Proposition 64 and Safety-Sensitive Fields

In November 2016, Californians voted to pass the ballot measure of Proposition 64.  This law legalized the recreational use of marijuana in private homes and businesses for residents who are 21 years of age or older.  Legalization for purposes of recreational use at the state level does not give employees carte blanche to get high and come to work, however.

Proposition 64 will be added to the California Health and Safety Code as Section 11362.45.  The law includes a provision that states that nothing in the law should be interpreted in such a way as to preempt the ability and right of an employer to maintain a drug and alcohol work place.  The law also states that an employer cannot be forced to accommodate the use of marijuana in the work place.  Finally, it also states that employers are free to continue to have policies that prohibit the use of marijuana by employees or prospective employees.  Also of note is that the law does not differentiate between medical use and recreational use of marijuana.  Employers are free to continue to prohibit marijuana use even if that use is medicinal.  Federal and state law requires that employers make reasonable accommodation for a disability, but the new law does not require that employers make accommodation for drug use.

This is all a logical set of restrictions when it comes to safety-sensitive professions.  Construction workers and truck drivers face high incidences of work-related injuries, and are in fact some of the most safety-sensitive fields in California.  The law provides that employers may continue to craft policies and hiring and firing practices that will ensure their employees are sober and drug-free.  California labor code § 3600(a)(4) precludes employer liability for a claim of workers’ compensation where the injury was at least proximately caused by intoxication or the unlawful use of a controlled substance.  Now that marijuana is legal for adults to consume even without a prescription, employers must rely on the fact an employee was intoxicated at the time of the injury, as opposed to use of marijuana. Of note is that OSHA has new rules that prohibit blanket post-accident drug tests, so a post-accident drug testing policy needs to accommodate this regulation.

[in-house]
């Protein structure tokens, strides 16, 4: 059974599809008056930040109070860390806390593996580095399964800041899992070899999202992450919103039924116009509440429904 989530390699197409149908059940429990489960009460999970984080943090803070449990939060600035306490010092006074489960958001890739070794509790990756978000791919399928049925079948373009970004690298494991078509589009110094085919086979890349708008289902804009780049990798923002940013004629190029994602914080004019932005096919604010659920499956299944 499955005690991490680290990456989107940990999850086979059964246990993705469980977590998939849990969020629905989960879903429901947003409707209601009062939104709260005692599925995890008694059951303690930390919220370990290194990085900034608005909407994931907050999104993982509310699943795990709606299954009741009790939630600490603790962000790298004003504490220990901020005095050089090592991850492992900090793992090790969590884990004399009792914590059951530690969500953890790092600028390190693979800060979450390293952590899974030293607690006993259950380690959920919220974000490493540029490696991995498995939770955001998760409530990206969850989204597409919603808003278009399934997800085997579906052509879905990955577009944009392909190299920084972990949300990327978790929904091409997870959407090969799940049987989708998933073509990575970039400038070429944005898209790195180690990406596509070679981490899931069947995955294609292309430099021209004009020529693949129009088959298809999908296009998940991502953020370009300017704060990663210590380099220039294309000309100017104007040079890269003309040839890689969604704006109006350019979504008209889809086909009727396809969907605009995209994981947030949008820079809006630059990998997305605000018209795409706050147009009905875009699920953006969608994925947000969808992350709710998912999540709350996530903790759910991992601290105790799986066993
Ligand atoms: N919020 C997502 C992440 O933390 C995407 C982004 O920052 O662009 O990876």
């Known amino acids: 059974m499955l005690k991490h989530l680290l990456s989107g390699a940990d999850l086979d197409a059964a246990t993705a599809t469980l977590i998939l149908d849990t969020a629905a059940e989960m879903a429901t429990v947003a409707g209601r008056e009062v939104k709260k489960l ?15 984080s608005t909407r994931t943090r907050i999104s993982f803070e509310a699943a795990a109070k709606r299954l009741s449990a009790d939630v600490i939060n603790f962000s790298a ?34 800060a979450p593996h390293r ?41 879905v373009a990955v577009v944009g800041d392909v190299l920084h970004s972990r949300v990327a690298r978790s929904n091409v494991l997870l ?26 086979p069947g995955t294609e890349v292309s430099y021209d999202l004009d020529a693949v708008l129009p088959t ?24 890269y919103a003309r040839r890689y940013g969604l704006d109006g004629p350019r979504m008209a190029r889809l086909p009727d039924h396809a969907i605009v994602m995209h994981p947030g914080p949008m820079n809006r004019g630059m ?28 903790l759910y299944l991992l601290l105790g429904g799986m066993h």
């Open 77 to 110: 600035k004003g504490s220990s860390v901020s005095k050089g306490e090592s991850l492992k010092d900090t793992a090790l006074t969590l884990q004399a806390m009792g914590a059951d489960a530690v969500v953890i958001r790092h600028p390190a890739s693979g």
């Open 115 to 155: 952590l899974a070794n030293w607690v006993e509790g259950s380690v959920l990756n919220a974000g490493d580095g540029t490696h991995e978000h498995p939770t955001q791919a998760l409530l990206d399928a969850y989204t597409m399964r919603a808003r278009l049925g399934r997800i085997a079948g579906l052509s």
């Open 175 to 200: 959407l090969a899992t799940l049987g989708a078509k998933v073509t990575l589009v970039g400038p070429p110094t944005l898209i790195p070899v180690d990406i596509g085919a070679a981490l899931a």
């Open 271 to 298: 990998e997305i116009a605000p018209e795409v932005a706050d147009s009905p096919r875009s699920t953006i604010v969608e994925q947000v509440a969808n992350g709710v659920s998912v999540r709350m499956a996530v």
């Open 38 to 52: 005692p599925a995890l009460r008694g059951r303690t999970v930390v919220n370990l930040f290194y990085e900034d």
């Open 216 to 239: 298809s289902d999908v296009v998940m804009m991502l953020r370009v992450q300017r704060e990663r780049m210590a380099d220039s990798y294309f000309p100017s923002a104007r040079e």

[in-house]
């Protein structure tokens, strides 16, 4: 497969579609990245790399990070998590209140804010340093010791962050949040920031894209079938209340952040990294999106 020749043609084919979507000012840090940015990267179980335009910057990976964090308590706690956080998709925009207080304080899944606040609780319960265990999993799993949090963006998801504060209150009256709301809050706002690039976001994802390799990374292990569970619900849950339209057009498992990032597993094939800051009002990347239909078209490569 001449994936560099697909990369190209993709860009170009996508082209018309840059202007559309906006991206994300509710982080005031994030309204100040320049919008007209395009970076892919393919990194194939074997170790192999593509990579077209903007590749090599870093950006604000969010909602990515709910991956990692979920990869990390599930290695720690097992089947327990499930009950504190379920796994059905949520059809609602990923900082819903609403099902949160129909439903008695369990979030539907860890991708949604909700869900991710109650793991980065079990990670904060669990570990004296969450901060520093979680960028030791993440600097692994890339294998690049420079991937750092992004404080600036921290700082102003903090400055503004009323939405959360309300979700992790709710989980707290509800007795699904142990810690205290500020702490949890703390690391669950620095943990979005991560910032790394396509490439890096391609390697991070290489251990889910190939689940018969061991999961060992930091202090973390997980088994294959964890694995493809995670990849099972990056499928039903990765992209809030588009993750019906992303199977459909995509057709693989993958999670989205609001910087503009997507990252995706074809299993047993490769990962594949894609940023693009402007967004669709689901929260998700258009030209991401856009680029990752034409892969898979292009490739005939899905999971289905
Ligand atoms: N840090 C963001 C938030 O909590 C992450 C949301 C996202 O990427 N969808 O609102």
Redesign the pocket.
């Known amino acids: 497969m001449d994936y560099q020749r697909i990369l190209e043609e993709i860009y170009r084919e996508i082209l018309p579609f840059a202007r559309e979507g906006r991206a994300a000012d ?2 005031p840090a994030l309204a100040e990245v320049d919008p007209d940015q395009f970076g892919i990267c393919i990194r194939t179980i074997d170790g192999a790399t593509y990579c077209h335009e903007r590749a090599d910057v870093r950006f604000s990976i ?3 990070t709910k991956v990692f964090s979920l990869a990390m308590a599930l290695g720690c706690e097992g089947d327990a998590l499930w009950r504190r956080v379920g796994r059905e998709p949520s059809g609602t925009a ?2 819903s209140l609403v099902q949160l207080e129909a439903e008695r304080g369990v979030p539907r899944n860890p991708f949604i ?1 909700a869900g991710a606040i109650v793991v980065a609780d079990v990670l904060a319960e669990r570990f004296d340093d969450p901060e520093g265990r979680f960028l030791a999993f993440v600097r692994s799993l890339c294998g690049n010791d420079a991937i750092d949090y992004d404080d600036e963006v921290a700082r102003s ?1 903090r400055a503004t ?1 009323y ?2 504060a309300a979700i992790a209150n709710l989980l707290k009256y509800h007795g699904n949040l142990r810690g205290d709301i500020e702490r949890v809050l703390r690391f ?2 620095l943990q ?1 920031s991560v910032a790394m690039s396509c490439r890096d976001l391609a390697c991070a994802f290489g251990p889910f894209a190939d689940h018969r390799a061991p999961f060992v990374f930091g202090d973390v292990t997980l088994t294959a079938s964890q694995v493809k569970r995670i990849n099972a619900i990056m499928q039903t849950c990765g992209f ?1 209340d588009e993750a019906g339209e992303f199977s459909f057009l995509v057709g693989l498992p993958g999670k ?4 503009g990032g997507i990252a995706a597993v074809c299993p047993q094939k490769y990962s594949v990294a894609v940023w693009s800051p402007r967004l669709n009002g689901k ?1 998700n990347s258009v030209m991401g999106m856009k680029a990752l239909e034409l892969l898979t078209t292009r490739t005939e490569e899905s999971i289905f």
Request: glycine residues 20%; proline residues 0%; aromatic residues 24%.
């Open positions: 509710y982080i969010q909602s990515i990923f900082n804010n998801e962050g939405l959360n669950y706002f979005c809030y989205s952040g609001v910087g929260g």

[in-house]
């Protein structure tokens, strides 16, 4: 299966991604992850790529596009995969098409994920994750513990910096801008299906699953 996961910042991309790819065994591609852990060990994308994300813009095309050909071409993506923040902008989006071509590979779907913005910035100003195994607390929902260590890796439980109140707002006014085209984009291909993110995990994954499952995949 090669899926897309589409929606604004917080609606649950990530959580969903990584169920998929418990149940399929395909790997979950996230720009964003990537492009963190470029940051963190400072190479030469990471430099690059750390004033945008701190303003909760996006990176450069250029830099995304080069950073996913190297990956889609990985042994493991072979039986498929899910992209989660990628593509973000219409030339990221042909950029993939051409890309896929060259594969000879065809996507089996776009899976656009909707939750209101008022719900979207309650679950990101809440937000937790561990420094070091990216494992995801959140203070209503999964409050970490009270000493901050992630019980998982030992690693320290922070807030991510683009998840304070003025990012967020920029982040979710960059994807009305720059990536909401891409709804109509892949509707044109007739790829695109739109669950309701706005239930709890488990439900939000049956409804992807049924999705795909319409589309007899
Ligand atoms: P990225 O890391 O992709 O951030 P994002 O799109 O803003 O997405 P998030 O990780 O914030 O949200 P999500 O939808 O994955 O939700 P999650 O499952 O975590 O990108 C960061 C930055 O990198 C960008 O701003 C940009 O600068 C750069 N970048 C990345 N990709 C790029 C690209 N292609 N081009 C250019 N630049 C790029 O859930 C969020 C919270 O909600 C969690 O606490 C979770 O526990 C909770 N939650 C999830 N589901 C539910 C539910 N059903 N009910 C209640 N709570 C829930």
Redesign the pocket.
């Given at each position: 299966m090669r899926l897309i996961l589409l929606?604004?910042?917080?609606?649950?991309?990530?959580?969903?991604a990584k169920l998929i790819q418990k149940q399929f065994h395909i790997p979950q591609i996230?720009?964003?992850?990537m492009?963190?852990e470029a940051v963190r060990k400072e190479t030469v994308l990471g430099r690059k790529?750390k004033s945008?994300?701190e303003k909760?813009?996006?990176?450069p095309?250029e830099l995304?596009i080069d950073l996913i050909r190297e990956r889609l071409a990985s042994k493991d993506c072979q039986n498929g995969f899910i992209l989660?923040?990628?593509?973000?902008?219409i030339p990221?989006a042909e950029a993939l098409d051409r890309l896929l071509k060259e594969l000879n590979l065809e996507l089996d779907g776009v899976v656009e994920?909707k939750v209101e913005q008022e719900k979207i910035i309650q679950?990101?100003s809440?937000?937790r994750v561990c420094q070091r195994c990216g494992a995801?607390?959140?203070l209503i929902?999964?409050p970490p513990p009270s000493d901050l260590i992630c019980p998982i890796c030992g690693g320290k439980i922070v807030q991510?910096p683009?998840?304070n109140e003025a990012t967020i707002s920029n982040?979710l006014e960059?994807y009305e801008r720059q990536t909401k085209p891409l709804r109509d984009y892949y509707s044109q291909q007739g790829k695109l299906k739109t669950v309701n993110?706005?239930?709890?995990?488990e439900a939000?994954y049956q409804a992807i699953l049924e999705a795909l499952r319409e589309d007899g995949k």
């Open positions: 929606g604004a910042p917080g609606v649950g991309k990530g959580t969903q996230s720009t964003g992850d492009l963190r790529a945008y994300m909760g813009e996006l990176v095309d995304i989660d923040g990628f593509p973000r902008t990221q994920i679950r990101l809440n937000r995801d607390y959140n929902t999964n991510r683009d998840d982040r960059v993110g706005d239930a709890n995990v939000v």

If you have questions about your employees’ use of marijuana and how it may impact your workers’ compensation system, contact me today at (714) 252-7078.  We can discuss your business and make sure you are in compliance with the current law.

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